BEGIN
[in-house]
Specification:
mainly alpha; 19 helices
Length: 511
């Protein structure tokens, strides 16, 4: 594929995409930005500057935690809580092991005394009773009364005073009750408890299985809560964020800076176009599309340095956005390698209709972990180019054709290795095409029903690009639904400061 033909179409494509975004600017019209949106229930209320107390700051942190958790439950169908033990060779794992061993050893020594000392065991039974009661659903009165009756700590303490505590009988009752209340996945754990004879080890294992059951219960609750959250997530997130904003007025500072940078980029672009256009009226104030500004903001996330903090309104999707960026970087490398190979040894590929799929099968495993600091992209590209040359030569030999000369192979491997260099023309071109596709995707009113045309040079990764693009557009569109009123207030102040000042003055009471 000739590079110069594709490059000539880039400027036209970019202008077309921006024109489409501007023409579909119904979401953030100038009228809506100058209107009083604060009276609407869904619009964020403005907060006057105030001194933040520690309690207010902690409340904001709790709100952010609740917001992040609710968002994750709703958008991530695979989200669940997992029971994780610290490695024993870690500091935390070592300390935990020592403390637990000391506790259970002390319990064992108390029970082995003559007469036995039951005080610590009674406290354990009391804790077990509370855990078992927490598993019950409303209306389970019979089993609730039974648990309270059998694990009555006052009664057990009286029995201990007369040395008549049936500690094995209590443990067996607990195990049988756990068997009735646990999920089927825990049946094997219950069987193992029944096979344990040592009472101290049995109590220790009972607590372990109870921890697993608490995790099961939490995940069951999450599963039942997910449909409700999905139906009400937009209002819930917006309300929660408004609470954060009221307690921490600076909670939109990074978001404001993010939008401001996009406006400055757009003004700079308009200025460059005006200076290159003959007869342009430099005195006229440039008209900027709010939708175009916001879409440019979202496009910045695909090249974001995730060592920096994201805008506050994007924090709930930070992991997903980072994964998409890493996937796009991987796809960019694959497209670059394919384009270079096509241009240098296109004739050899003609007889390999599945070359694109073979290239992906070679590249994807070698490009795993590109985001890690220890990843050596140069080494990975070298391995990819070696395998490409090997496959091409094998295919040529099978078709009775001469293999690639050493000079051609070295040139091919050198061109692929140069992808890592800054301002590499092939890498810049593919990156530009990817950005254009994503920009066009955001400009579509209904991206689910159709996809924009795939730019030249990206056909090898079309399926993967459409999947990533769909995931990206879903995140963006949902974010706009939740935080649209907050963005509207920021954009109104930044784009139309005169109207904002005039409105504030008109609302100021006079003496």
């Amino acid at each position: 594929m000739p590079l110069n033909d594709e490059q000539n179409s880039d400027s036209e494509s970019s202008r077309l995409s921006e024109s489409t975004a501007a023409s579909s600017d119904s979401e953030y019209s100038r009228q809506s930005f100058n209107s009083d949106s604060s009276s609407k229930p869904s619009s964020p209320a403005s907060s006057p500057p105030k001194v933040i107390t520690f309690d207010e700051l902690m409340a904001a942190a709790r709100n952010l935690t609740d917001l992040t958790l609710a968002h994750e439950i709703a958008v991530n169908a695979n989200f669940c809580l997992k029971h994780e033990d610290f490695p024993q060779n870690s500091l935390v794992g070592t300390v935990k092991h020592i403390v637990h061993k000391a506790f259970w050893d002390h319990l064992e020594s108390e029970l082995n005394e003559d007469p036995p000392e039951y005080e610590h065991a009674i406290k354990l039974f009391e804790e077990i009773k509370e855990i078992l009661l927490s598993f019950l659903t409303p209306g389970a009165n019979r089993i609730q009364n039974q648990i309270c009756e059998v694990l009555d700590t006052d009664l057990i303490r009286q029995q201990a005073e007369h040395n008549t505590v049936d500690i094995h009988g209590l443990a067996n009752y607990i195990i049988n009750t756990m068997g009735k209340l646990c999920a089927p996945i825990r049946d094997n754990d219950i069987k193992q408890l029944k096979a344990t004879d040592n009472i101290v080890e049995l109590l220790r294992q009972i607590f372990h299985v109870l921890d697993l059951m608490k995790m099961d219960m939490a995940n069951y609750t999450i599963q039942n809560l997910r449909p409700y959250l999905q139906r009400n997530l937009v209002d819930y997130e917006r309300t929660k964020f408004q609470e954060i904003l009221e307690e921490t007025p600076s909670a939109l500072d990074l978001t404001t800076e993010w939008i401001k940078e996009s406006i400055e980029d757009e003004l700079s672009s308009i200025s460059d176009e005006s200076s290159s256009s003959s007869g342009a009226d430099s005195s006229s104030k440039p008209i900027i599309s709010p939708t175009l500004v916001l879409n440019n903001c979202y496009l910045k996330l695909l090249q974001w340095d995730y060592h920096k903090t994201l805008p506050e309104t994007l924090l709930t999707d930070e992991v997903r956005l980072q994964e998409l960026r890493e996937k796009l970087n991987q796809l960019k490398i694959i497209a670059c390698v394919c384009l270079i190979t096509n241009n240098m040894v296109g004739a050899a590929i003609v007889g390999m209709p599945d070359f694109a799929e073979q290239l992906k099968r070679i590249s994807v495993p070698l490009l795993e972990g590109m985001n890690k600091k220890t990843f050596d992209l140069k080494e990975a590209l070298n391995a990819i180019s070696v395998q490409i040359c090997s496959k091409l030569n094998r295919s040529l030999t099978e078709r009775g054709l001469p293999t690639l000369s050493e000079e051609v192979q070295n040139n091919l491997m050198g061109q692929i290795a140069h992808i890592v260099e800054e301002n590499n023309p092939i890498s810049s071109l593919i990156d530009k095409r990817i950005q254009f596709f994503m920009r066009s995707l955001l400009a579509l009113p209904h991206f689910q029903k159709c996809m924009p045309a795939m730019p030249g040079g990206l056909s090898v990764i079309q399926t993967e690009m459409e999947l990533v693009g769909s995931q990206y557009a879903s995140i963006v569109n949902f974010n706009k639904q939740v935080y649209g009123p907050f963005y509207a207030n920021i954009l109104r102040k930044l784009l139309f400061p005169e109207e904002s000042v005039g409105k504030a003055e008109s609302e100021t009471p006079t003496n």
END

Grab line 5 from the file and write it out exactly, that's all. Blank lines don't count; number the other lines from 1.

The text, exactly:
């Protein structure tokens, strides 16, 4: 594929995409930005500057935690809580092991005394009773009364005073009750408890299985809560964020800076176009599309340095956005390698209709972990180019054709290795095409029903690009639904400061 033909179409494509975004600017019209949106229930209320107390700051942190958790439950169908033990060779794992061993050893020594000392065991039974009661659903009165009756700590303490505590009988009752209340996945754990004879080890294992059951219960609750959250997530997130904003007025500072940078980029672009256009009226104030500004903001996330903090309104999707960026970087490398190979040894590929799929099968495993600091992209590209040359030569030999000369192979491997260099023309071109596709995707009113045309040079990764693009557009569109009123207030102040000042003055009471 000739590079110069594709490059000539880039400027036209970019202008077309921006024109489409501007023409579909119904979401953030100038009228809506100058209107009083604060009276609407869904619009964020403005907060006057105030001194933040520690309690207010902690409340904001709790709100952010609740917001992040609710968002994750709703958008991530695979989200669940997992029971994780610290490695024993870690500091935390070592300390935990020592403390637990000391506790259970002390319990064992108390029970082995003559007469036995039951005080610590009674406290354990009391804790077990509370855990078992927490598993019950409303209306389970019979089993609730039974648990309270059998694990009555006052009664057990009286029995201990007369040395008549049936500690094995209590443990067996607990195990049988756990068997009735646990999920089927825990049946094997219950069987193992029944096979344990040592009472101290049995109590220790009972607590372990109870921890697993608490995790099961939490995940069951999450599963039942997910449909409700999905139906009400937009209002819930917006309300929660408004609470954060009221307690921490600076909670939109990074978001404001993010939008401001996009406006400055757009003004700079308009200025460059005006200076290159003959007869342009430099005195006229440039008209900027709010939708175009916001879409440019979202496009910045695909090249974001995730060592920096994201805008506050994007924090709930930070992991997903980072994964998409890493996937796009991987796809960019694959497209670059394919384009270079096509241009240098296109004739050899003609007889390999599945070359694109073979290239992906070679590249994807070698490009795993590109985001890690220890990843050596140069080494990975070298391995990819070696395998490409090997496959091409094998295919040529099978078709009775001469293999690639050493000079051609070295040139091919050198061109692929140069992808890592800054301002590499092939890498810049593919990156530009990817950005254009994503920009066009955001400009579509209904991206689910159709996809924009795939730019030249990206056909090898079309399926993967459409999947990533769909995931990206879903995140963006949902974010706009939740935080649209907050963005509207920021954009109104930044784009139309005169109207904002005039409105504030008109609302100021006079003496």